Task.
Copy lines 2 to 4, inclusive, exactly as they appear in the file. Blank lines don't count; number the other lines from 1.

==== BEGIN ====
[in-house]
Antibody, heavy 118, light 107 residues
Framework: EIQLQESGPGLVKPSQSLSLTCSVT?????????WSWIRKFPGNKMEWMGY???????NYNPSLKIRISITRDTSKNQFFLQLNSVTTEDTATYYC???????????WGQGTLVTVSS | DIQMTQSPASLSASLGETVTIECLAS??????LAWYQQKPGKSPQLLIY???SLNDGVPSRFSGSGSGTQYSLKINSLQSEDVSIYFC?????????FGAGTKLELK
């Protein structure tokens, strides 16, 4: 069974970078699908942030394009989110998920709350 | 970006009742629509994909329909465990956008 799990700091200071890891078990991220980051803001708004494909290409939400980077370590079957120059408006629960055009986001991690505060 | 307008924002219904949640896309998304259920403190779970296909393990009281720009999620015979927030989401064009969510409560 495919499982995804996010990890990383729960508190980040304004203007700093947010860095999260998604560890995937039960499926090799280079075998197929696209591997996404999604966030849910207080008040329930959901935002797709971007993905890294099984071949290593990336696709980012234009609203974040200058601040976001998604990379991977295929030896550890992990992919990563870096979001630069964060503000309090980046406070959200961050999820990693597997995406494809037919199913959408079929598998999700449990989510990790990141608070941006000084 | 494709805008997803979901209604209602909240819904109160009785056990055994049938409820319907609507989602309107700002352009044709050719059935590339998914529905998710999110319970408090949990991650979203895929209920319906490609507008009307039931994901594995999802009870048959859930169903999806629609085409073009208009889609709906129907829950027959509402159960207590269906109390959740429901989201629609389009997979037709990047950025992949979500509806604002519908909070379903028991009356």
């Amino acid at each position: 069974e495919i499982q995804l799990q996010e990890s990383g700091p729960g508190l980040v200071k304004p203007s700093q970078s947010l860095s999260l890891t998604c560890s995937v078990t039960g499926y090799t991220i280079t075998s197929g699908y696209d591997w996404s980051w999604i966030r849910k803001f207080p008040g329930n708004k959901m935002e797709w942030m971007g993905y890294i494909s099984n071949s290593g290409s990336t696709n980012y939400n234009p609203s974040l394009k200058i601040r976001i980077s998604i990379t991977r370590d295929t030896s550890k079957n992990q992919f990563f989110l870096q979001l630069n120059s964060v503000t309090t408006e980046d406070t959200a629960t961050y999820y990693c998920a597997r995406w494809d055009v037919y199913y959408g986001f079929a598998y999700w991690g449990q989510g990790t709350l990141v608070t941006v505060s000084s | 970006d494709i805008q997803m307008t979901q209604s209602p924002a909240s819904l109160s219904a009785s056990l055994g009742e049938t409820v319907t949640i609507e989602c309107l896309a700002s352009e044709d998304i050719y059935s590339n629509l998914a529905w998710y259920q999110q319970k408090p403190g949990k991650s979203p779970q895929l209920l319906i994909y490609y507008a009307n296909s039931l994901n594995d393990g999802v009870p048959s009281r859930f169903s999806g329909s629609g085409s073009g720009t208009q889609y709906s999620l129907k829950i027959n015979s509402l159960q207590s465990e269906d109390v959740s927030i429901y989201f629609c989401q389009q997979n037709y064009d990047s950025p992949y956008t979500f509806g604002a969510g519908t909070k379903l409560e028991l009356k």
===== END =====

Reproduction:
Antibody, heavy 118, light 107 residues
Framework: EIQLQESGPGLVKPSQSLSLTCSVT?????????WSWIRKFPGNKMEWMGY???????NYNPSLKIRISITRDTSKNQFFLQLNSVTTEDTATYYC???????????WGQGTLVTVSS | DIQMTQSPASLSASLGETVTIECLAS??????LAWYQQKPGKSPQLLIY???SLNDGVPSRFSGSGSGTQYSLKINSLQSEDVSIYFC?????????FGAGTKLELK
């Protein structure tokens, strides 16, 4: 069974970078699908942030394009989110998920709350 | 970006009742629509994909329909465990956008 799990700091200071890891078990991220980051803001708004494909290409939400980077370590079957120059408006629960055009986001991690505060 | 307008924002219904949640896309998304259920403190779970296909393990009281720009999620015979927030989401064009969510409560 495919499982995804996010990890990383729960508190980040304004203007700093947010860095999260998604560890995937039960499926090799280079075998197929696209591997996404999604966030849910207080008040329930959901935002797709971007993905890294099984071949290593990336696709980012234009609203974040200058601040976001998604990379991977295929030896550890992990992919990563870096979001630069964060503000309090980046406070959200961050999820990693597997995406494809037919199913959408079929598998999700449990989510990790990141608070941006000084 | 494709805008997803979901209604209602909240819904109160009785056990055994049938409820319907609507989602309107700002352009044709050719059935590339998914529905998710999110319970408090949990991650979203895929209920319906490609507008009307039931994901594995999802009870048959859930169903999806629609085409073009208009889609709906129907829950027959509402159960207590269906109390959740429901989201629609389009997979037709990047950025992949979500509806604002519908909070379903028991009356």